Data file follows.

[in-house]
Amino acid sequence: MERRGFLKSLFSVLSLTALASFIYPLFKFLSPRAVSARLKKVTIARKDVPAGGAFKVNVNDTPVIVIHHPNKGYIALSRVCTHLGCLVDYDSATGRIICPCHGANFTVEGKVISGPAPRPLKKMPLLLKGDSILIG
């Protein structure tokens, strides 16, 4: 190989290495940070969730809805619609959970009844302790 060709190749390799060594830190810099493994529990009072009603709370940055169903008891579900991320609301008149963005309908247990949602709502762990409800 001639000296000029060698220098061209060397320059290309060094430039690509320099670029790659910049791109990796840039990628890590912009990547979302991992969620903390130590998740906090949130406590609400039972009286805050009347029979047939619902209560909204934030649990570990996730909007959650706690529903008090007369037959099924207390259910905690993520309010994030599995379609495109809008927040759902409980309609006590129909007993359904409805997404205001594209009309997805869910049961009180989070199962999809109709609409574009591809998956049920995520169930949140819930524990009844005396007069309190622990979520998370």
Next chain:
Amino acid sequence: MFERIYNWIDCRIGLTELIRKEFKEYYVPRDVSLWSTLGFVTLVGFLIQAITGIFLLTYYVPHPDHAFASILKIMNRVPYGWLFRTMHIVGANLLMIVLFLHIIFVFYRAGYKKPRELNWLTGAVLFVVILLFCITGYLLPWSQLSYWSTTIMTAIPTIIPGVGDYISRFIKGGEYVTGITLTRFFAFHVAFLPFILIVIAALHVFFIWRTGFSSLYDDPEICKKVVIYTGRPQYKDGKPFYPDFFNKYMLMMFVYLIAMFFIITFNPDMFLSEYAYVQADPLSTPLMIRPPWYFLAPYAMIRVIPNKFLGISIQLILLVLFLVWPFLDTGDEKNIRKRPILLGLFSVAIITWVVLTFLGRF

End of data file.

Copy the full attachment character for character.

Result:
[in-house]
Amino acid sequence: MERRGFLKSLFSVLSLTALASFIYPLFKFLSPRAVSARLKKVTIARKDVPAGGAFKVNVNDTPVIVIHHPNKGYIALSRVCTHLGCLVDYDSATGRIICPCHGANFTVEGKVISGPAPRPLKKMPLLLKGDSILIG
């Protein structure tokens, strides 16, 4: 190989290495940070969730809805619609959970009844302790 060709190749390799060594830190810099493994529990009072009603709370940055169903008891579900991320609301008149963005309908247990949602709502762990409800 001639000296000029060698220098061209060397320059290309060094430039690509320099670029790659910049791109990796840039990628890590912009990547979302991992969620903390130590998740906090949130406590609400039972009286805050009347029979047939619902209560909204934030649990570990996730909007959650706690529903008090007369037959099924207390259910905690993520309010994030599995379609495109809008927040759902409980309609006590129909007993359904409805997404205001594209009309997805869910049961009180989070199962999809109709609409574009591809998956049920995520169930949140819930524990009844005396007069309190622990979520998370």
Next chain:
Amino acid sequence: MFERIYNWIDCRIGLTELIRKEFKEYYVPRDVSLWSTLGFVTLVGFLIQAITGIFLLTYYVPHPDHAFASILKIMNRVPYGWLFRTMHIVGANLLMIVLFLHIIFVFYRAGYKKPRELNWLTGAVLFVVILLFCITGYLLPWSQLSYWSTTIMTAIPTIIPGVGDYISRFIKGGEYVTGITLTRFFAFHVAFLPFILIVIAALHVFFIWRTGFSSLYDDPEICKKVVIYTGRPQYKDGKPFYPDFFNKYMLMMFVYLIAMFFIITFNPDMFLSEYAYVQADPLSTPLMIRPPWYFLAPYAMIRVIPNKFLGISIQLILLVLFLVWPFLDTGDEKNIRKRPILLGLFSVAIITWVVLTFLGRF